Also, can we all agree to just drop the modern-day stuff in Assassin's Creed games? Coming up on 60 hours in my gameplay, and there have been maybe a combined 30 minutes of modern-day gameplay and story. Why bother? The historical stuff is way cooler anyway.

Modern-day storylines aren't the only unnecessary fluff in Odyssey. Upgrading gear seems largely pointless, since you get new gear at a pretty constant rate. You frequently get better equipment, so why bother improving the stuff you have when it becomes obsolete so soon?

"Exploration Mode" becomes just another way for Odyssey to drag out gameplay even longer for no good reason, making everything slightly harder for players without providing anything fun or incentives for the challenge. Instead of outright telling you where to go, Odyssey's missions frequently give a series of clues to the next goal. However, these clues are so obvious they point to a specific region, and once you're there you receive a prompt to use your eagle to locate the objective (the prompt doesn't go away until you either use the eagle or find the objective naturally). Once you use your eagle, the objective marker appears on the map, just like it would outside of Exploration Mode. So what's the point?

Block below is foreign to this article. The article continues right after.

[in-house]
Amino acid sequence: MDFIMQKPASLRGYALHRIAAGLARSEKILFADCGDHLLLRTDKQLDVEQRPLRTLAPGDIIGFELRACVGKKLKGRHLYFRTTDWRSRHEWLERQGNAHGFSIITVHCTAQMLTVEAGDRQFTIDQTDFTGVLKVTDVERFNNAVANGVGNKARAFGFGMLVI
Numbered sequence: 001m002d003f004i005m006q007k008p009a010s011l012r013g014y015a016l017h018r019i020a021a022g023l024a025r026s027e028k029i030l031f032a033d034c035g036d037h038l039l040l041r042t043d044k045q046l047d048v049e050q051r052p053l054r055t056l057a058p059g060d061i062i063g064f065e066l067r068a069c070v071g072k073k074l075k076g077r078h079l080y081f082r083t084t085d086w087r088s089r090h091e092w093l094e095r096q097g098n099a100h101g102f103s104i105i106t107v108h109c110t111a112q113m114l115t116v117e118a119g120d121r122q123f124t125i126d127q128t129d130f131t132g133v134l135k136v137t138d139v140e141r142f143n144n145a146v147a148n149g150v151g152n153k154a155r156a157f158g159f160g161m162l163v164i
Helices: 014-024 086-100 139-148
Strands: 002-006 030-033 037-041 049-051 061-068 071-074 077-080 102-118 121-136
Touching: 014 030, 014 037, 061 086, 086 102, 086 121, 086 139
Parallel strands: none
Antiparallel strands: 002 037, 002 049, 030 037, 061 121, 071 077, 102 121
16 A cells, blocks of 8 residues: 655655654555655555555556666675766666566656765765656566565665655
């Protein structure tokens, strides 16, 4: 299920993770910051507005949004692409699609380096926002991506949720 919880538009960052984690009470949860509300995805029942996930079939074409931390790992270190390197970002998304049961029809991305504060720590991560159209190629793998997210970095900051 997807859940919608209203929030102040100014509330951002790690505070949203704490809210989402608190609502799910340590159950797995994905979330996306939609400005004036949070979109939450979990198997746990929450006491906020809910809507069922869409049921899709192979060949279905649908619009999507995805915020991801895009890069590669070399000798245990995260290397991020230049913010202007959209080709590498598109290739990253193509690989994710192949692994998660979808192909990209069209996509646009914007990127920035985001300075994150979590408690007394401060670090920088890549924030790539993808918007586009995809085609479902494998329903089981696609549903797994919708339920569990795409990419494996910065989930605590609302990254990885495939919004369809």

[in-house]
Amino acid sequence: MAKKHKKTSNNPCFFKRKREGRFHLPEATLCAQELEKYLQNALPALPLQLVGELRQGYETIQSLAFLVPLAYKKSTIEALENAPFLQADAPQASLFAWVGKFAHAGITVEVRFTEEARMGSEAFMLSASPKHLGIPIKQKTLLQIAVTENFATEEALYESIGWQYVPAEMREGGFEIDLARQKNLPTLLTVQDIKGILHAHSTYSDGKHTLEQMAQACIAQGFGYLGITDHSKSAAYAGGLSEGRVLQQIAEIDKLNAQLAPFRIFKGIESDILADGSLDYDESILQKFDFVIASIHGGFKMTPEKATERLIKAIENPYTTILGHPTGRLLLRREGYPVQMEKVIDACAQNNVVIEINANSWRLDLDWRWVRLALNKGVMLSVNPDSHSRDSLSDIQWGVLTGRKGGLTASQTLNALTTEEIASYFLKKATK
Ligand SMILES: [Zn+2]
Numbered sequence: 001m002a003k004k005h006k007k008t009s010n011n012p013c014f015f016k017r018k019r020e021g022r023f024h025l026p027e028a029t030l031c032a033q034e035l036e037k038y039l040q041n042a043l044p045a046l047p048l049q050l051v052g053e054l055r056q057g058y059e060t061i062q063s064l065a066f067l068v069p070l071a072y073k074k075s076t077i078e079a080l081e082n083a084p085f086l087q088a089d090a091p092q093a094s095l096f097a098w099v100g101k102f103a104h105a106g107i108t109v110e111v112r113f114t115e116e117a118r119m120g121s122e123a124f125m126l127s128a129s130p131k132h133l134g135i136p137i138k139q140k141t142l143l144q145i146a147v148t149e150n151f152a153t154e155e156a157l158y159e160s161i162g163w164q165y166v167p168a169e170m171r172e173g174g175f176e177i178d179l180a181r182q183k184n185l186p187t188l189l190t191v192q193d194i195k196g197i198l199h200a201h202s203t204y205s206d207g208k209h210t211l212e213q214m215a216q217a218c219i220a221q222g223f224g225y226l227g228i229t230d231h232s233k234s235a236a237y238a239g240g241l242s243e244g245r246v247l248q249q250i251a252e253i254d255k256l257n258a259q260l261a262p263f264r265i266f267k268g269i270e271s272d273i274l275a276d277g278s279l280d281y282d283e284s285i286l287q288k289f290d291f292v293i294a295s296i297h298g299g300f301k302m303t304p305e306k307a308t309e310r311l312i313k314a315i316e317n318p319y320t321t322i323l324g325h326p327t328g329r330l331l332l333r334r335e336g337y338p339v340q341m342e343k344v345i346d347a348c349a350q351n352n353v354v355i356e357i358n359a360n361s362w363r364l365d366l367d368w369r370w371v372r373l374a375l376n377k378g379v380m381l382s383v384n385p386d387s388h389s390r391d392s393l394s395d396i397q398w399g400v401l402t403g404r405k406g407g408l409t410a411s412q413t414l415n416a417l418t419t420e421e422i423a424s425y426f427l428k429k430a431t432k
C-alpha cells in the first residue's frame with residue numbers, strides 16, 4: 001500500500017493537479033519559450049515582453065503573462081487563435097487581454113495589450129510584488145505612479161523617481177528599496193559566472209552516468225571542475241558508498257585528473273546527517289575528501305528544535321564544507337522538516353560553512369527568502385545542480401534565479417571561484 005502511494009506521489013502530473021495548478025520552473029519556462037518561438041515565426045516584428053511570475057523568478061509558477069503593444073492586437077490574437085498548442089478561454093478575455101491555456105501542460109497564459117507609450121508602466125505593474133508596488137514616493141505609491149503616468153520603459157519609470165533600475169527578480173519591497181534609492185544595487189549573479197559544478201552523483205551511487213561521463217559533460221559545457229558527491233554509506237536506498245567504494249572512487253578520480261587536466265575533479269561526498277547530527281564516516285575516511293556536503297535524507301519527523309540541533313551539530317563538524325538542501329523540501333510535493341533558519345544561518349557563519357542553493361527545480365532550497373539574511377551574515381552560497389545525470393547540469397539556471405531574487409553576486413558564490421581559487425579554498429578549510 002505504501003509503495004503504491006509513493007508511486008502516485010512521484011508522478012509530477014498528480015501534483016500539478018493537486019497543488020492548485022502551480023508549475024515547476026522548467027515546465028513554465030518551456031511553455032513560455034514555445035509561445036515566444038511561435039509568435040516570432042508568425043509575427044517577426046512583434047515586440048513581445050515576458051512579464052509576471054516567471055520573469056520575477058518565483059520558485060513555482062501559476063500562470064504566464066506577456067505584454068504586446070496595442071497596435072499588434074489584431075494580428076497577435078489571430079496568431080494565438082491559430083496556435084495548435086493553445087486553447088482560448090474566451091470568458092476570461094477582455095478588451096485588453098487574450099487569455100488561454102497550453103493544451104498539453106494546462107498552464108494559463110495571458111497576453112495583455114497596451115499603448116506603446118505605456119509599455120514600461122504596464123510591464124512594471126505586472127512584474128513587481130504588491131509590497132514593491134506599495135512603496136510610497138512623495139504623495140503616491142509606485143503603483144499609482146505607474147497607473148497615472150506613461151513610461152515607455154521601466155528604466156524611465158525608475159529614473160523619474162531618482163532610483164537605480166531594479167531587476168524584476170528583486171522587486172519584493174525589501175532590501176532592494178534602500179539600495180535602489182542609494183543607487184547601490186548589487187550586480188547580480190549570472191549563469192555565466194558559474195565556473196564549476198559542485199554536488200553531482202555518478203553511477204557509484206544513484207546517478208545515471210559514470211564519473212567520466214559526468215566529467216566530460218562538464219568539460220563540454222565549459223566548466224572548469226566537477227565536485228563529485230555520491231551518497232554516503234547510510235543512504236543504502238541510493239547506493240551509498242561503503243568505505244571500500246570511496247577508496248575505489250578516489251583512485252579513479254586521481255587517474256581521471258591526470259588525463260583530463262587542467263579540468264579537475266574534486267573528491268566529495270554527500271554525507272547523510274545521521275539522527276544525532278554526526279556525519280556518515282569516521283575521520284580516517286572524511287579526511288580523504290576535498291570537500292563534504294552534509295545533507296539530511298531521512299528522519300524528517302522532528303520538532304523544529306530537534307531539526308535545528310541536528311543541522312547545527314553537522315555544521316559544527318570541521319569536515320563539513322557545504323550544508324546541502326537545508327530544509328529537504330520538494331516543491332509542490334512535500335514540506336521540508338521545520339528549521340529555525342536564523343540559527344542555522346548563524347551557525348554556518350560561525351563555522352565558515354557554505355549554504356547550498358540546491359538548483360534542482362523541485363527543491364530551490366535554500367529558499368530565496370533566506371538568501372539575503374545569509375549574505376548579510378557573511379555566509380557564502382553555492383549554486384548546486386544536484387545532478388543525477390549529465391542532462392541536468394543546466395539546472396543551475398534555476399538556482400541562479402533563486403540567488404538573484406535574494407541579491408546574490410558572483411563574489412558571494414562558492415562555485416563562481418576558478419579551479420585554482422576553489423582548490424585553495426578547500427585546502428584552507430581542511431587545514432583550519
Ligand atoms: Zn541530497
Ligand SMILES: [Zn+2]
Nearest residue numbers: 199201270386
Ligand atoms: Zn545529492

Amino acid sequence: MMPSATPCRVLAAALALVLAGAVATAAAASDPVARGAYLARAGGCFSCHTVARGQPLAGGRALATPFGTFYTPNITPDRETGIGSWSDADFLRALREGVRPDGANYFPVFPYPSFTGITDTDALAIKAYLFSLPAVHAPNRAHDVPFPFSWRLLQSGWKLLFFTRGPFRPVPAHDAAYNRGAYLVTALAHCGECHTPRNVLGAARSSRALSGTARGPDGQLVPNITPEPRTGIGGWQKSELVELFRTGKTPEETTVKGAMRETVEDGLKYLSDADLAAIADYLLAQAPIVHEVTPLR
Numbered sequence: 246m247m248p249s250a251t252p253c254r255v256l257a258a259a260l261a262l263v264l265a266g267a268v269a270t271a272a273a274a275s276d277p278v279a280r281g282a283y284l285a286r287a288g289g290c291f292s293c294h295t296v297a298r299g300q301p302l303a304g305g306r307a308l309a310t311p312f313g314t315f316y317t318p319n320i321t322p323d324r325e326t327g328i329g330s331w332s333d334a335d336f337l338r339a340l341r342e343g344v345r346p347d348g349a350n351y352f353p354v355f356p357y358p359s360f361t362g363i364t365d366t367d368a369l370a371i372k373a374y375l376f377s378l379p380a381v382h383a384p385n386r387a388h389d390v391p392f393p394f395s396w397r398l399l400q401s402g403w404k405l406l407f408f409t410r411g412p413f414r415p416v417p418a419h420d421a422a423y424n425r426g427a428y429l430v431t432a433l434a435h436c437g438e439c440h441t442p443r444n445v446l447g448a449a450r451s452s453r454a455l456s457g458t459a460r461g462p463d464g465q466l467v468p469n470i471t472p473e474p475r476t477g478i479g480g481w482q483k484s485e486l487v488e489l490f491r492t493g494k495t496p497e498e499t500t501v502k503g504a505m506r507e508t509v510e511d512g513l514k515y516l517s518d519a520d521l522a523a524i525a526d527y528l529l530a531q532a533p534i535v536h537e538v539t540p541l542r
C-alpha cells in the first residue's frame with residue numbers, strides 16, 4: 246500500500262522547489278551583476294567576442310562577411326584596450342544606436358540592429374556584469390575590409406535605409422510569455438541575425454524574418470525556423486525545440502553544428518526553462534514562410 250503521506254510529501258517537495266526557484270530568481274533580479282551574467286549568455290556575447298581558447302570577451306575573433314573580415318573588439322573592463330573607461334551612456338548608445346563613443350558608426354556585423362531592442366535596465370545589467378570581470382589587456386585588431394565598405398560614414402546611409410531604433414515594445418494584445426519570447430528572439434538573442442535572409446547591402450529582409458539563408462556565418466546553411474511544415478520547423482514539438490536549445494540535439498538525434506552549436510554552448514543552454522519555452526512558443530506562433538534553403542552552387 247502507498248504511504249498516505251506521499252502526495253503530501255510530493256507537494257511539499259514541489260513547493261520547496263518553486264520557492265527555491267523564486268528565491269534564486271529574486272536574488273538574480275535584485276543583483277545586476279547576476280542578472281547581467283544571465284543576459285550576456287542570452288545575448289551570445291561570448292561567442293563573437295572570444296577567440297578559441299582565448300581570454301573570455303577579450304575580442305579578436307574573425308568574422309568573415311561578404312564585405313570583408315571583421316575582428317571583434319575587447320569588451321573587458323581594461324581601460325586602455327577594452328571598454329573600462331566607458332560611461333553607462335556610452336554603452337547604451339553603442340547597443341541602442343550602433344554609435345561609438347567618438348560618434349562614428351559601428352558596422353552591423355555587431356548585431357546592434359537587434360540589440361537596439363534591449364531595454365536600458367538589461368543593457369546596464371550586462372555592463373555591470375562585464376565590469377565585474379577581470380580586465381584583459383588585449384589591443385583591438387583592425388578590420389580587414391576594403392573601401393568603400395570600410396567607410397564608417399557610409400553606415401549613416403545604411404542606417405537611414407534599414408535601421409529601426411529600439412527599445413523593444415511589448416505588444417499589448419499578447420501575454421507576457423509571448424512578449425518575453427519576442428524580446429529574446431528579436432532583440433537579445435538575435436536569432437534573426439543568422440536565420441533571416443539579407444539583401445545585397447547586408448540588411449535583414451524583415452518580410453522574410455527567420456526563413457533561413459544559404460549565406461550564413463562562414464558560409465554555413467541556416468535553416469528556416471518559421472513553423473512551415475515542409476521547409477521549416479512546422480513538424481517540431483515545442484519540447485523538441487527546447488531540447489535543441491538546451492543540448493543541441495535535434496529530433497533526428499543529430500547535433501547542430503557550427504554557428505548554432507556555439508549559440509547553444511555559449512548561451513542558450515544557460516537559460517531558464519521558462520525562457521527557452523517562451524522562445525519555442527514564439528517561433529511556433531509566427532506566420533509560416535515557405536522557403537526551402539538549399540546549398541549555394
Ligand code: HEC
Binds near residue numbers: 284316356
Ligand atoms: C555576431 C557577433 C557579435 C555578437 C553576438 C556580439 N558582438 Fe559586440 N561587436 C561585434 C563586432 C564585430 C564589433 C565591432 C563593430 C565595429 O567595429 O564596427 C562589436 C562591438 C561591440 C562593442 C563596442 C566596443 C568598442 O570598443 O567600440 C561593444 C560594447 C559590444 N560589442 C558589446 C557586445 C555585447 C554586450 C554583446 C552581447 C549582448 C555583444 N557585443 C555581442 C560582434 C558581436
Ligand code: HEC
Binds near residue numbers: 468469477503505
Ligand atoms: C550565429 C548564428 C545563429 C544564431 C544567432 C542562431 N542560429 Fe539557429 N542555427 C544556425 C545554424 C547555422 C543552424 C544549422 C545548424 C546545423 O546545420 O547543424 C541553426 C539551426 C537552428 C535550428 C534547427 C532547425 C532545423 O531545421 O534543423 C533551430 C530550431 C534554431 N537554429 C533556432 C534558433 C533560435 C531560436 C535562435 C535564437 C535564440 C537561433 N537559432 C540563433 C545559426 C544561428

The mercenary system is also horrible. Doing "something bad" raises a meter, and reaching certain points on the meter causes mercenaries to hunt you down and kill you. What are the bad things? Sometimes it's stealing, or killing people, even if that is part of the mission. Or if you're stealing from bad guys. The game never bothers to explain how it all works, but mercenaries seem to serve two purposes: either they're a constant drain of your money as you pay off all your fines to get them to leave you alone, or they mosey into any area where you happen to linger too long, making combat encounters much harder.